A big part of the 6 for ’06 agenda that Nancy Pelosi proposed as the agenda for the incoming Congress was allowing Medicare to negotiate drug prices. Forbidding that simple expedient was by far the most foolish thing (among many foolish things) in the Bush prescription drug plan. The VA negotiates drug prices as does every other prescription drug plan. But Bush had too many friends in Big Pharma, so they get to charge the taxpayer whatever they want. Huzzah!
The argument advanced against negotiating those prices is something like this (from Kevin Drum): “If the feds negotiate prices, then prices will go down. And if prices go down, pharmaceutical companies might make less money. And if pharmaceutical companies make less money, they’ll do less basic research and churn out fewer lifesaving drugs.”
Drum quotes the New Republic explaining why this won’t happen:
The most important basic medical and scientific research that leads to major medical breakthroughs usually takes place under government auspices — typically, through grants from the National Institutes of Health. In other words, taxpayers — not drug companies — are the ones financing the most important drug research today.
But the answer is actually even simpler. “To promote the progress of science and useful arts,” you see, Congress has the power to “secur[e] for limited times to authors and inventors the exclusive right to their respective writings and discoveries.” Patents are government granted monopolies with limited lifetimes.
Giving them limited lifetimes promotes the progress of science because it runs out. After a drug patent runs out, anyone can make the same drug, and sell it for cheaper.
That leaves drug companies in a simple situation. They must invest in R&D because only by inventing and patenting new drugs can they continue to have anything of any value. Pharmaceutical companies don’t get ginormous market capitalization because of the cost of the factories, they get those market caps from the value of their R&D. If you doubt that, look at what happens to a stock price when a drug fails to get FDA approval, or when a company loses a patent fight.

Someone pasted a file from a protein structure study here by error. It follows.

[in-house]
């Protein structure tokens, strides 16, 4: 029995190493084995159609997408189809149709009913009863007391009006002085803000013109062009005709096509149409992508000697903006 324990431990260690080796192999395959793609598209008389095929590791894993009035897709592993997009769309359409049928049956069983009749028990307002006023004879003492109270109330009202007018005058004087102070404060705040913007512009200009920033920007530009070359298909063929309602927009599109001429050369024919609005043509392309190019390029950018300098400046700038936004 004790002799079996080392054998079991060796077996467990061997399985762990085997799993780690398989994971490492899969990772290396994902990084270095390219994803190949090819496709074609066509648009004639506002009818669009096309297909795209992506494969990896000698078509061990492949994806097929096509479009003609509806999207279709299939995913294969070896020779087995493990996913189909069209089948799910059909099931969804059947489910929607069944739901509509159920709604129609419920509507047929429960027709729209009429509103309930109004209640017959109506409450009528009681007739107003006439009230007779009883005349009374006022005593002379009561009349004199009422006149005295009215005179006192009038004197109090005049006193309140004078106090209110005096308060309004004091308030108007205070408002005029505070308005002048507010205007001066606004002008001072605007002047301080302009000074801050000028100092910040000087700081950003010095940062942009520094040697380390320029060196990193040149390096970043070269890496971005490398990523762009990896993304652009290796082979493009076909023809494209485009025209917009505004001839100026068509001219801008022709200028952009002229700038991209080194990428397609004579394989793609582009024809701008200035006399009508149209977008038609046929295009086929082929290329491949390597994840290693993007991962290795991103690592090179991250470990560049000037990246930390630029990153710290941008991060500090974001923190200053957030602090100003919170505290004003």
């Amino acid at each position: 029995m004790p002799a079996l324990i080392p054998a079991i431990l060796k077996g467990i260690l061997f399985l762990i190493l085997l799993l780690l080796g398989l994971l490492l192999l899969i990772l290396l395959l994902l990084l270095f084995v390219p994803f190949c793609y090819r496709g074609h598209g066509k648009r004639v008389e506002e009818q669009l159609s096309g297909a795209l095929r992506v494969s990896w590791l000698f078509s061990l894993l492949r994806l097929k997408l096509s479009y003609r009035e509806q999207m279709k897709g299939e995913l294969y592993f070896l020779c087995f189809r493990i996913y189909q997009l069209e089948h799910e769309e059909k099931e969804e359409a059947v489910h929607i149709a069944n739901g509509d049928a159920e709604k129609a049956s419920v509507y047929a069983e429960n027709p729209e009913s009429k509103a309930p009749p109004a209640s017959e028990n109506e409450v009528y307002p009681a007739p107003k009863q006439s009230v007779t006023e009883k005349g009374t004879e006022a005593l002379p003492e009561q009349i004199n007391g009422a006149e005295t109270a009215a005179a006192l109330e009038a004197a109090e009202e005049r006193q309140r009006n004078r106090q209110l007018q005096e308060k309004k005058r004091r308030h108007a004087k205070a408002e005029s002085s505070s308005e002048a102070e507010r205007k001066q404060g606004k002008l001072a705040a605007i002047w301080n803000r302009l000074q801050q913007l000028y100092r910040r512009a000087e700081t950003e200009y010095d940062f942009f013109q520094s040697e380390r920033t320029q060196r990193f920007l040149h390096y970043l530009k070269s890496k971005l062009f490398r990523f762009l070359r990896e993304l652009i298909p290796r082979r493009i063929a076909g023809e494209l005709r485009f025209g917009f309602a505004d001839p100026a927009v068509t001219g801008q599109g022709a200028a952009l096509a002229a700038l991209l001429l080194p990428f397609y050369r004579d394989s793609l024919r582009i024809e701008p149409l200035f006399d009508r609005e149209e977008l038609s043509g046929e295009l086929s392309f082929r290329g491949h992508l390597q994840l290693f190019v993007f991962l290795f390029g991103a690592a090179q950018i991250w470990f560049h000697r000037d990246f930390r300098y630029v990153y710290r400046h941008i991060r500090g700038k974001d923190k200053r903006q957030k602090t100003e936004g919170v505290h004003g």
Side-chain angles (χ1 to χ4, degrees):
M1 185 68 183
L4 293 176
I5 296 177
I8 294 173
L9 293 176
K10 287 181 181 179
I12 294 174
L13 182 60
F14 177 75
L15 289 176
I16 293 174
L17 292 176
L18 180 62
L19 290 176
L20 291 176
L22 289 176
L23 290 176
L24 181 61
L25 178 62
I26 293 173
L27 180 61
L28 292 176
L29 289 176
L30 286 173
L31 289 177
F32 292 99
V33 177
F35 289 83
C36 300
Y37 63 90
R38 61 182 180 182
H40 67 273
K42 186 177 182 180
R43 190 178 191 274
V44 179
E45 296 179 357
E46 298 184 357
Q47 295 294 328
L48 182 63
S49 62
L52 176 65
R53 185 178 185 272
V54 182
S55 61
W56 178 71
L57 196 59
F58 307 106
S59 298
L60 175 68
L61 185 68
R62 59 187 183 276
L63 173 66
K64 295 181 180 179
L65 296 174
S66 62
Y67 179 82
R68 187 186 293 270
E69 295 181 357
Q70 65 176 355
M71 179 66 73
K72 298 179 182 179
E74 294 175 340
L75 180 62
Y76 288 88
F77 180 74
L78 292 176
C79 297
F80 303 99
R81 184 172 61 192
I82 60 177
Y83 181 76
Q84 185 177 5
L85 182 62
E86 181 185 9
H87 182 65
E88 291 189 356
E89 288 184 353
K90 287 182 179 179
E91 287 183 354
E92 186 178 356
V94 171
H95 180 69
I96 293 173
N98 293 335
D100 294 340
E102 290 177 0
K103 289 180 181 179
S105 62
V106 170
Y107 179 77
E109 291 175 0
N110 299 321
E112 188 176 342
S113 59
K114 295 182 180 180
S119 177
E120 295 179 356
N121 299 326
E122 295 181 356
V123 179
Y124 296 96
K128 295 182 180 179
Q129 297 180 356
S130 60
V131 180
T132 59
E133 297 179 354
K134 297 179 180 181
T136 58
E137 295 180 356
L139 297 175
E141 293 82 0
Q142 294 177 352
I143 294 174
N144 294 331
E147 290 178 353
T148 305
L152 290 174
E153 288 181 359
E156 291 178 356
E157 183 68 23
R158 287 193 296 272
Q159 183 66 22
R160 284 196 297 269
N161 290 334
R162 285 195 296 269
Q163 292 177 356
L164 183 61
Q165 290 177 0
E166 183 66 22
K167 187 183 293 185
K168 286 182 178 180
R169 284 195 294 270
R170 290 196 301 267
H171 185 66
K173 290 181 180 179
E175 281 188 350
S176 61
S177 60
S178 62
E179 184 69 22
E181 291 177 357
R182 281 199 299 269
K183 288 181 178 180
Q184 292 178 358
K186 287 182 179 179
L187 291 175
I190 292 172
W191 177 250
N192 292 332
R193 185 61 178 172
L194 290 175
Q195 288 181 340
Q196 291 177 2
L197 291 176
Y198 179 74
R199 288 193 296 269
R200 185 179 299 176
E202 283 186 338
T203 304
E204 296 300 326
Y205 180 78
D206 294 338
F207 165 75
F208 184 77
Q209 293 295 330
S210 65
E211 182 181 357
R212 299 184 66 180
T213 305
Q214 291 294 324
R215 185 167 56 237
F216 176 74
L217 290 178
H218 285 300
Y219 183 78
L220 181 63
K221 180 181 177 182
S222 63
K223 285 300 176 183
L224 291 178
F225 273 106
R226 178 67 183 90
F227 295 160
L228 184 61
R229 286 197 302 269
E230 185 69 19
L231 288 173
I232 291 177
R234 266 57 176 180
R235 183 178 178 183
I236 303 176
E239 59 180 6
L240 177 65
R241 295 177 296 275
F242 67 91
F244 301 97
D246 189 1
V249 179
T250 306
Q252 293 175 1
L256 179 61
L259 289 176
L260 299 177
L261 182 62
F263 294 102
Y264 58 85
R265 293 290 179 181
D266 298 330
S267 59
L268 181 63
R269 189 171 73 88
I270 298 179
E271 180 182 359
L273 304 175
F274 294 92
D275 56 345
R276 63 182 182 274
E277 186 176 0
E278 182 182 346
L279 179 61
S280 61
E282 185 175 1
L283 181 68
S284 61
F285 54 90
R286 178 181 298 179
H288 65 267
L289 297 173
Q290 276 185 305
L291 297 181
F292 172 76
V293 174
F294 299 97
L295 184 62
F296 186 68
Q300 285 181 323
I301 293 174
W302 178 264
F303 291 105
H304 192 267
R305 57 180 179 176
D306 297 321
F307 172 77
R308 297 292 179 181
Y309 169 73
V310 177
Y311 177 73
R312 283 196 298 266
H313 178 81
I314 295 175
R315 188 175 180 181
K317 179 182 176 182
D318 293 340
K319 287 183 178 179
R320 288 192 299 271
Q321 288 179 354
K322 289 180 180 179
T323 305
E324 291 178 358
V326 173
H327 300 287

Before the big drugmakers would cut R&D, they’d sell off factories and boil their marketing teams into soap. Without the revenue from their patented drugs, they would be nothing.
And government has used that knowledge to promote very good ends. Orphan drugs are those for which the market is very small (less than 200,000 patients in the US). Normally, the absence of a market would be a disincentive to invest massive amounts of time and effort in bringing drugs into that market, but patents have been used as a tool to change that.
Drugs that are classified as orphan drugs get longer patents (strictly longer exclusive marketing rights, but it’s the same concept), as well as tax breaks and other special deals. Since creating this system, the number of drugs falling into this category increased more than ten-fold. The range of patent and related rights that the government grants to new drugs is essential to the survival of the industry.
Thus, even if industry were the only ones funding drug research, and even if negotiating drug prices forced drug companies to cut spending, they would not choose to cut R&D, doing so would be suicide. They would surrender the only leverage that they have in negotiating drug prices.